• 22. Civil society at your service – Building partner capacity Delivering microinsurance NGOs, MFIs, rural banks, post offices and retailers are some of the organizations that deliver microinsurance today. They C ommercial microinsurance provi- ders typically rely on others to deli- ver their products in the slums and vil- Collecting premiums Premium collection has to strike a ba- lance between convenience and cost. all have one thing in common: insurance lages. Collecting premiums and settling Credit-linked insurance is easy: premi- is not their core business and their staff claims requires a lot of customer inter- ums can be linked to loans at virtually need to learn how to sell and support action and relies on efficient channels no extra cost. Automatic bank deduc- these products. In India, CARE found that to keep administrative costs low. tions are also easy, but only 30 percent thorough training and coaching were es- of people in South Asia and 20 percent in sential. CARE summarizes what worked: The partner-agent model Sub-Saharan Africa have bank accounts. While commercial insurers share the In-person premium collection improves Planning market with NGOs on the insurer side, customer contact, but it is expensive. As CARE asked NGOs what they expected they barely play a role on the delivery a result, it is common practice for deli- of the training beforehand, and adjusted side. NGOs, community-based organi- very organizations to collect premiums the agenda accordingly. zations (CBOs), mutuals and MFIs reach during existing meetings. more than two thirds of covered lives. Flexibility The partner-agent model combines the Settling claims From the CEO to the coordinator and financial and risk management know- Insurance proves its value when claims the field staff, everybody involved in the how of the commercial insurer with are due. Claims handling procedures initiative received training. Rather than the capability of these organizations to have to be simple and fast with efficient prescribing approaches, training and reach out to low-income households. fraud control systems. Documentation especially follow-up meetings provided a should be as simple as possible. Custo- platform to discover solutions together. The ideal delivery channel has trusted mers often find it difficult to fill in forms After all, partners have to fit processes relationships with a large number of or to obtain official reports like death into their existing operations. people with whom it is already engaging certificates. Some insurers accept certi- in financial transactions. While MFIs ficates from local police or village chiefs Tools are a natural choice, on their own they for life insurance claims. Reference materials like checklists and reach only a fraction of the potential product documentation greatly support market: in 2006, only 150 million people Co-payments, deductions and waiting the partner’s outreach work. Effective com- had access to microcredit. Other chan- periods until the first claim can be made munication formats, from storytelling for nels like post offices and retail shops are reduce cheating. The closer to the cus- group meetings to mass awareness-raising currently being explored. tomer, the faster the claims handling events, were also shared among partners. process and the more effective the fraud control. CARE’s primary insight: partner capacity- building is not a one-way street but a Insurer Delivery Channel collaborative exercise, where both sides Covered lives (in millions) Covered lives (in millions) have to learn continuously. 1 COMMERCIAL Photo: CARE / Sandra Bulling N G Os & C B Os MUTUAL GOVERNMENT 0.01 & PARASTATAL M F Is 2 RETAILERS ) Agents and brokers 1 OTHER ) Other retailers including funeral parlors 2 35 30 25 20 15 10 5 0 0 5 10 15 20 25 CARE project manager R. Devaprakash. Source: Microinsurance Centre (2007) Landscape Study20 Operations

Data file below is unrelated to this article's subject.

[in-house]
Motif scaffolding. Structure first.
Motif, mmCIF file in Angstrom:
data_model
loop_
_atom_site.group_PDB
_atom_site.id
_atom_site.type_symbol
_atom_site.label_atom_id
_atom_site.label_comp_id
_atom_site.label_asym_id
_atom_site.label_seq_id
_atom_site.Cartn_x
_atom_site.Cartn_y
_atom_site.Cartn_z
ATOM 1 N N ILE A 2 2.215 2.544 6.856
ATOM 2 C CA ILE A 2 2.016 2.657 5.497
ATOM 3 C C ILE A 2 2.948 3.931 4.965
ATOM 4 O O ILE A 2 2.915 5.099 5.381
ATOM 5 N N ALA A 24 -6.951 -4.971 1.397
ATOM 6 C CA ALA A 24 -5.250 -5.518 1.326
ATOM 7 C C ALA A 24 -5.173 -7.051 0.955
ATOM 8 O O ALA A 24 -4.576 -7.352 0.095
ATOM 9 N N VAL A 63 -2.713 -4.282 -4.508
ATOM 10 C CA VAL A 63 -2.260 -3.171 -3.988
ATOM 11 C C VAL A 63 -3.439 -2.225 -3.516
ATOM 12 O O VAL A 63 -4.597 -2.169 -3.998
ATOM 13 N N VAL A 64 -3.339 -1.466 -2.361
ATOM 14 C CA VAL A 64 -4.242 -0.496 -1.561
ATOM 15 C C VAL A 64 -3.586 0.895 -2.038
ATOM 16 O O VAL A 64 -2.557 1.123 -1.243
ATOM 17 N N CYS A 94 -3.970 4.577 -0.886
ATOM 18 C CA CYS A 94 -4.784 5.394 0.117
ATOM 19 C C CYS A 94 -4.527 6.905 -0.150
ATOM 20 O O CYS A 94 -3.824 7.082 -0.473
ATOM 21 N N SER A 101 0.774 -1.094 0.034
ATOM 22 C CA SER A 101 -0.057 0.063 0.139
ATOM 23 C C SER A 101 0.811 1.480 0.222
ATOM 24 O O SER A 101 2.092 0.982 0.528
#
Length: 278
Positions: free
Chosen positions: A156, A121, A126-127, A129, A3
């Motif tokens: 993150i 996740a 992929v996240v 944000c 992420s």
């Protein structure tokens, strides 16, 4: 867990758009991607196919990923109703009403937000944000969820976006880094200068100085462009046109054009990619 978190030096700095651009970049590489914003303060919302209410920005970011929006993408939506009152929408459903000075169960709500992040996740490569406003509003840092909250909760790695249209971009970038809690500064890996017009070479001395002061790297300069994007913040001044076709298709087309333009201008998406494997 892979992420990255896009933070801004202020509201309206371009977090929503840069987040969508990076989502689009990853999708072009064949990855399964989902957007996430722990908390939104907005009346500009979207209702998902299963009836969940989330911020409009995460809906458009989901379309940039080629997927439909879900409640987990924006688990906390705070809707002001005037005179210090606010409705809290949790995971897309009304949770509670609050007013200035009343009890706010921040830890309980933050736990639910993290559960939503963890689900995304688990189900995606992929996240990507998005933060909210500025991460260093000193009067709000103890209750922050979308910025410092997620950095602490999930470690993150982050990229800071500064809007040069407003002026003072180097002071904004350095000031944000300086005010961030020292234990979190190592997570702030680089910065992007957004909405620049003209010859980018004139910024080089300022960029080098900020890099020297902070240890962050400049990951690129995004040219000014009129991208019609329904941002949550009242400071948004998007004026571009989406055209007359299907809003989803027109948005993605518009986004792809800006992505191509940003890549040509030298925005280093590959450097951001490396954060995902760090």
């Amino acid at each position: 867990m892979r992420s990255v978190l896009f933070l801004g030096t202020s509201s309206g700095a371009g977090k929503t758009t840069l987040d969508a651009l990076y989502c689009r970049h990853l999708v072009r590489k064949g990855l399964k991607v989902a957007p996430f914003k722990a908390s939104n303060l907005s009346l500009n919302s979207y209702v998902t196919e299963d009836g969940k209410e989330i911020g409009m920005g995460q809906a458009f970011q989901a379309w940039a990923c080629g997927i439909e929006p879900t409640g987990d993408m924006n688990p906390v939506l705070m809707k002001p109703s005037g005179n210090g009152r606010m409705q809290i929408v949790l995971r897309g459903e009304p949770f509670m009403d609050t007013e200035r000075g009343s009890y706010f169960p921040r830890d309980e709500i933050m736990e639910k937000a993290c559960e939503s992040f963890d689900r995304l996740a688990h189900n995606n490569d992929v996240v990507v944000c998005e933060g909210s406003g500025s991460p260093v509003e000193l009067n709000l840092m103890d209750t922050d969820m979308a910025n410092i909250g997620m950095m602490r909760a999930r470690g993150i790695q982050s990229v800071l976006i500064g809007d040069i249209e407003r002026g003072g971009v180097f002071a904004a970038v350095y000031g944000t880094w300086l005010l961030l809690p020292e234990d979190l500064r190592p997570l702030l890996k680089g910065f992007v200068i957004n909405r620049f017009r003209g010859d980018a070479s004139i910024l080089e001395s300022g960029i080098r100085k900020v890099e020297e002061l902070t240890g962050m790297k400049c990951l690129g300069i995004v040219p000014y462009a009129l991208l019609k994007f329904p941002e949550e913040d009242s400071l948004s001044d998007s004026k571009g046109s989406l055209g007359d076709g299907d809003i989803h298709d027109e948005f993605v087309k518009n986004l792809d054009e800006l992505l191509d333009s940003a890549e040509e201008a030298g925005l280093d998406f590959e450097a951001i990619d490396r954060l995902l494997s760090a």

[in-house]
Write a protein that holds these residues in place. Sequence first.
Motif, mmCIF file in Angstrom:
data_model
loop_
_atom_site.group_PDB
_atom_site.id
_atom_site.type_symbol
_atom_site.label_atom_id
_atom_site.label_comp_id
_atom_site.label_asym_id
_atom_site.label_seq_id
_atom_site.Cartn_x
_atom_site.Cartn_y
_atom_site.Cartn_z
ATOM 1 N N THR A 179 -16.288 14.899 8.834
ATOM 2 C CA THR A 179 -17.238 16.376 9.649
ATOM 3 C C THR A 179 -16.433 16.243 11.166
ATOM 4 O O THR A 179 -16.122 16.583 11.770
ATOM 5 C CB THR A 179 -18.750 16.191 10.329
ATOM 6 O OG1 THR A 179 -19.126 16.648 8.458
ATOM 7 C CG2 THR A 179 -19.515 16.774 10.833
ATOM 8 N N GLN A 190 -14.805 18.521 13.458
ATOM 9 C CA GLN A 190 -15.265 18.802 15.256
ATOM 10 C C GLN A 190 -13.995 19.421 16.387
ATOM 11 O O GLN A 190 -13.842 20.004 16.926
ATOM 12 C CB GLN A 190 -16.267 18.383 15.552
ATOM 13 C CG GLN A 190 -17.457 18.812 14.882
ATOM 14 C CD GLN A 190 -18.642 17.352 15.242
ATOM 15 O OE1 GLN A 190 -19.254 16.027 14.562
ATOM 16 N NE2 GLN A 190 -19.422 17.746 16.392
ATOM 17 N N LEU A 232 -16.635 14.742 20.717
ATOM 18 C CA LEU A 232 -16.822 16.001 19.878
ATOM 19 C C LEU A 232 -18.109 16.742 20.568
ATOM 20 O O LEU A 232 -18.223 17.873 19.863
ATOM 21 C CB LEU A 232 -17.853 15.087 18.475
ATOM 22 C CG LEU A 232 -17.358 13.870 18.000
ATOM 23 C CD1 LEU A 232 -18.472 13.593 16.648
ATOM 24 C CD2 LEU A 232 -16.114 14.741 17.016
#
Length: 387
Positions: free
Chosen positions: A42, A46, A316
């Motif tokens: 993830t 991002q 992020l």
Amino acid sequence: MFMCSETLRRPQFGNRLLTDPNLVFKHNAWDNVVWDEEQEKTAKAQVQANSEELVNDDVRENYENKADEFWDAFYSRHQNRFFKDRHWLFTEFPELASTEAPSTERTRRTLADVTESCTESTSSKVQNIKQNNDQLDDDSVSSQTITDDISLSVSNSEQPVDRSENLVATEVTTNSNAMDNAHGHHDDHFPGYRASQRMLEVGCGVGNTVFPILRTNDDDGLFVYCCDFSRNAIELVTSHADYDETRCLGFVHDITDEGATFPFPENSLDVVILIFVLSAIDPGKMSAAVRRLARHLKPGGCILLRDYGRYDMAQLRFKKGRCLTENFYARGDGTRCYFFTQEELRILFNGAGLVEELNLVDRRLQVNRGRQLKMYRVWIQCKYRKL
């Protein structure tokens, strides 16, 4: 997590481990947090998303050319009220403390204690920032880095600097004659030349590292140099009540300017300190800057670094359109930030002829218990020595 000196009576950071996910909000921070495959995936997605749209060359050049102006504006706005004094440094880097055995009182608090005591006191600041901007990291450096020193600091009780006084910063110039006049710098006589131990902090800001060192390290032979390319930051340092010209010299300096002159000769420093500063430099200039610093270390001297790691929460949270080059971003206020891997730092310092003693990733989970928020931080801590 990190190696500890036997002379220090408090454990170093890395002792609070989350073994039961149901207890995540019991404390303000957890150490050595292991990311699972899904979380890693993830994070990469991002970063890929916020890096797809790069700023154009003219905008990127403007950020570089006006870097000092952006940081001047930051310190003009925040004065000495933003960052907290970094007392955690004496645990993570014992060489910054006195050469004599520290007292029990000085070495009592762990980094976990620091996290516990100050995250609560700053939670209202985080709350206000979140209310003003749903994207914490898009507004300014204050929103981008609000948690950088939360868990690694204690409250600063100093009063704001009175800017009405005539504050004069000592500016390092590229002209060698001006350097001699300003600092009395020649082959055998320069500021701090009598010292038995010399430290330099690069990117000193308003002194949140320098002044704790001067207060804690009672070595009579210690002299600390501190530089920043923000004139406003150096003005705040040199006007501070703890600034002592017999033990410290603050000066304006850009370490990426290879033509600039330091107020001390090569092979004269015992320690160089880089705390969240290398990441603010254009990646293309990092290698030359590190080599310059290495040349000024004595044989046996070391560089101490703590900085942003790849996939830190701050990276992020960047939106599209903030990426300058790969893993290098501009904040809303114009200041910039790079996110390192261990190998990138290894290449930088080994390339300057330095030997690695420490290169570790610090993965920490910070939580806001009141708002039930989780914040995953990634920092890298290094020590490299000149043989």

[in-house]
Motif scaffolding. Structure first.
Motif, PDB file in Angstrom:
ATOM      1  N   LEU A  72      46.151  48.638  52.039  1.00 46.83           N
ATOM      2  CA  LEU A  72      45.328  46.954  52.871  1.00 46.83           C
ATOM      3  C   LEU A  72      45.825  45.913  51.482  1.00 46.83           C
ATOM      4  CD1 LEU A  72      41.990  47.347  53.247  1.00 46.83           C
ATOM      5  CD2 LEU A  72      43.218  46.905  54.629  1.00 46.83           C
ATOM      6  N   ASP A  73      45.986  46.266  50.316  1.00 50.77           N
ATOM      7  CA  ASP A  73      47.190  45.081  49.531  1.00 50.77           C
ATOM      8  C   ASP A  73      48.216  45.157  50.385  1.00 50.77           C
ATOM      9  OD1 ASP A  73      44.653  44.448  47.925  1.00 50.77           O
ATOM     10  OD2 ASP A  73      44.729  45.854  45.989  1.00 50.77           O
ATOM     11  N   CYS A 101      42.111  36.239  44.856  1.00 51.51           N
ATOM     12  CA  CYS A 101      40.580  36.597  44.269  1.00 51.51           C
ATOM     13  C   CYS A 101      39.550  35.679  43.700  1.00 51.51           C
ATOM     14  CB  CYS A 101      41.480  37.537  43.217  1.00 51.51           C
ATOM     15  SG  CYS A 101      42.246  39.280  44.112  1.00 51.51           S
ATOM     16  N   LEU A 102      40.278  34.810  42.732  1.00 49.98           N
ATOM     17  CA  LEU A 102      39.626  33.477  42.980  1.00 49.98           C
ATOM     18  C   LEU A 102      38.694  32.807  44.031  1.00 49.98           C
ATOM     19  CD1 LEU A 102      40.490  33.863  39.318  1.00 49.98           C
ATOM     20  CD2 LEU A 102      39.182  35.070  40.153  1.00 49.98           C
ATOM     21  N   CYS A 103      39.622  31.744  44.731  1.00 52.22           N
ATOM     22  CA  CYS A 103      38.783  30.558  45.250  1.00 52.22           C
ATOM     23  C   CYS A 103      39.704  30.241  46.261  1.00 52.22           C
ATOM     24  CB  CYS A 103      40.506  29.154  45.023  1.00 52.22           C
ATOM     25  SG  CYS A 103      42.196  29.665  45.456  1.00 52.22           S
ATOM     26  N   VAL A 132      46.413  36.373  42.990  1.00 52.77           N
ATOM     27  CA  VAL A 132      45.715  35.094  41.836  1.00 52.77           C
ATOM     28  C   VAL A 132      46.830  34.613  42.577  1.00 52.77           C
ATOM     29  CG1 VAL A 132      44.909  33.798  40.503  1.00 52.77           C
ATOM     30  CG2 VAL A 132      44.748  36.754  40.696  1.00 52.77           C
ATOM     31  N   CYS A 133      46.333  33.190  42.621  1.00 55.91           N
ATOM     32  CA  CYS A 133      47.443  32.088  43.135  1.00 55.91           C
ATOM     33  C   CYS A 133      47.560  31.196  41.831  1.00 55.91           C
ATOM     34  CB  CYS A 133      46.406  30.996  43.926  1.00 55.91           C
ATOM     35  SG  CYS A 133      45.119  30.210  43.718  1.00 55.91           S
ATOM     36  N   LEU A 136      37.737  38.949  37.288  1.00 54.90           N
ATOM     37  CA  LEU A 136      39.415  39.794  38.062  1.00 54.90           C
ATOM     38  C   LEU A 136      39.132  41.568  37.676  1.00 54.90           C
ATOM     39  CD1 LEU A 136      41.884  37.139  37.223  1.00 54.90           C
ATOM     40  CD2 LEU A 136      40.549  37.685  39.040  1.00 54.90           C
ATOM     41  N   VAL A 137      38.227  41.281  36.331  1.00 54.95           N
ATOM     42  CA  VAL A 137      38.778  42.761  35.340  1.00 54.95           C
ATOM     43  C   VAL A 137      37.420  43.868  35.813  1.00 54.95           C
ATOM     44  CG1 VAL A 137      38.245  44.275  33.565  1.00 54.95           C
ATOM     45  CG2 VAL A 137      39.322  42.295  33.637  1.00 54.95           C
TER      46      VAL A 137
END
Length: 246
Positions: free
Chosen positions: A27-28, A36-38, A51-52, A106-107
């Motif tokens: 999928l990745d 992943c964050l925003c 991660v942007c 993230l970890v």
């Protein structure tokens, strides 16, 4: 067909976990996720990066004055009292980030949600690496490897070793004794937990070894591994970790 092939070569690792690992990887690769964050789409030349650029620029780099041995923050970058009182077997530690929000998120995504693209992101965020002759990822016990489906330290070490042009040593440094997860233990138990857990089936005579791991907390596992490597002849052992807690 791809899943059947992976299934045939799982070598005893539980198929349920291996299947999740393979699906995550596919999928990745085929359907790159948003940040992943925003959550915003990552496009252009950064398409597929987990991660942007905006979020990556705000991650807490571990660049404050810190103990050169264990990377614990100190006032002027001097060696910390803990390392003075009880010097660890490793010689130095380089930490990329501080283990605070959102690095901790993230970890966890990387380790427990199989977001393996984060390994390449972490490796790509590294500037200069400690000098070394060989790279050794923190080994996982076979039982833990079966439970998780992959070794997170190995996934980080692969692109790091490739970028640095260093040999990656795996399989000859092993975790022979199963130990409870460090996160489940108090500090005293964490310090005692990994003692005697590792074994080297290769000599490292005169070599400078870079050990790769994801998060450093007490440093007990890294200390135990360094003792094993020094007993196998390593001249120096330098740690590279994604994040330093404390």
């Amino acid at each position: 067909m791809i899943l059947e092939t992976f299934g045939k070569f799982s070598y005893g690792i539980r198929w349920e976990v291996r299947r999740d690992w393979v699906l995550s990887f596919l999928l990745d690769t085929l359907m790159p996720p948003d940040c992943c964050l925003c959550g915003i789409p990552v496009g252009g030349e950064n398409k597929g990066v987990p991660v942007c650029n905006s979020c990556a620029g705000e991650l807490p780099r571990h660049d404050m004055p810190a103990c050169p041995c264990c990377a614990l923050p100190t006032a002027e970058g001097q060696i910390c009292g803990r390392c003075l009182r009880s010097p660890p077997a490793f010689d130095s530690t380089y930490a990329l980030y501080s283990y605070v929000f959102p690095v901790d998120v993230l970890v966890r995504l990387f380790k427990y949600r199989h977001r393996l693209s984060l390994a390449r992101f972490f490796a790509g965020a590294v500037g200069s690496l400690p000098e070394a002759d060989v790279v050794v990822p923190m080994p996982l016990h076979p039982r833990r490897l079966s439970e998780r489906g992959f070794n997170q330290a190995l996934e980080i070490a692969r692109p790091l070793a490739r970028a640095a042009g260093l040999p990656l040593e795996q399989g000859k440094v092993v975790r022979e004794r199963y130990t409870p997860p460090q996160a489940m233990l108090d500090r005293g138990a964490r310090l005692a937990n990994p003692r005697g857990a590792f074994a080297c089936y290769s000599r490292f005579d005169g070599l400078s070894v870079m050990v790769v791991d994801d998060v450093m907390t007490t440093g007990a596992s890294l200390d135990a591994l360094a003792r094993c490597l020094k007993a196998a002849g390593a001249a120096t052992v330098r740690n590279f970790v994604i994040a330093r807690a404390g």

• 23. How can we deliver on what we promise? Cow control – Technology prevents fraud “Technology to process trans- “We acknowledge the strong need of farmers to insure their cattle. Small far- actions in the field is the key” mers only have one cow and are heavily dependent on their milk production,” Craig Churchill talked with us about the role of technology for Photo: Martin Herrndorf explains Dr. Ashok Patil, head of rural the delivery of microinsurance. He heads the Microinsurance business at Bajaj Allianz. “But for insu- Innovation Facility x. The Facility was launched in 2008 with rers it has been a loss-making business support of the Bill & Melinda Gates Foundation and is housed to insure cows because too often did at the International Labour Organization. The facility provides farmers claim an insurance loss that was innovation grants and technical assistance for the develop- not theirs. Market experts assumed that ment of microinsurance. a quarter of all claims were fraudulent. Furthermore, it was a costly affair to send an insurance assessor a long way What role can technology play in Does it require organizations to to a farm to see if a cow really died, let the future development of develop new skills? alone to find out if it was that cow that microinsurance? It’s a big change for insurers. If was insured.” Ear tags had previously I guess the jury is still out, but there insurers can manage huge numbers been used to identify insured cows and are big hopes that technology will be of people, they can make a profit, buffalos, but without great success. As able to play a significant role. One cru- as long as they can cover their fixed Craig Churchill notes: "There must be a cial need is information processing: costs. But while insurance compa- lot of cows without ears in India." storing huge volumes of data and nies are great at managing data, they managing it effectively. The key here is are used to fewer numbers of custo- Now, technology may prevent fraud. technology to process transactions in mers. Also, in low-income markets Radio Frequency Identification (RFID) the field, for example by using hand- you have to reduce the number of chips are injected under the cattle’s held devices. Moreover, data needs to forms and digitalize data to process skin. In case of death, a veterinarian be exchanged consistently across all it efficiently. Innovations like that are examines the cattle to determine the players involved – customers, health not only relevant for the low-income cause. During the examination the vet service suppliers, microinsurance market. There is no reason why these also scans the chip with a reader. This in- units, insurers and reinsurers. same processes couldn’t work at the formation is submitted to the insurance upper end of the market. company together with the claim and Which local infrastructure is needed to a photograph of the reader while scan- make technology work? What role could multinational ning the chip. Dr. Patil is optimistic: “We There is a lot of enthusiasm about companies play? have just started using this technology technology, but the two issues Multinational companies operate in in a controlled pilot project and hope to that come up again and again are many different markets, and can ex- turn insuring the cattle of low-income connectivity and electricity supply. periment in these to see what works farmers into a profitable business.” Internet and cell phone access could and move it around. That is the real be a great opportunity. But coverage strength. The challenge is to allow is low in many rural areas, so how innovations at the front end – arePhoto: Martin Herrndorf do you deal with that? And then people allowed to experiment? And the power cuts: you are typing in if they are allowed to experiment, do something and the electricity goes they have mechanisms to take the out. As solutions, one could use solar lessons from one place to another? cells, or cut up the information into smaller pieces for using SMS instead of worrying about the internet. Hope- fully we will see some large-scale successes here in the future, but it is still early days now. Operations 21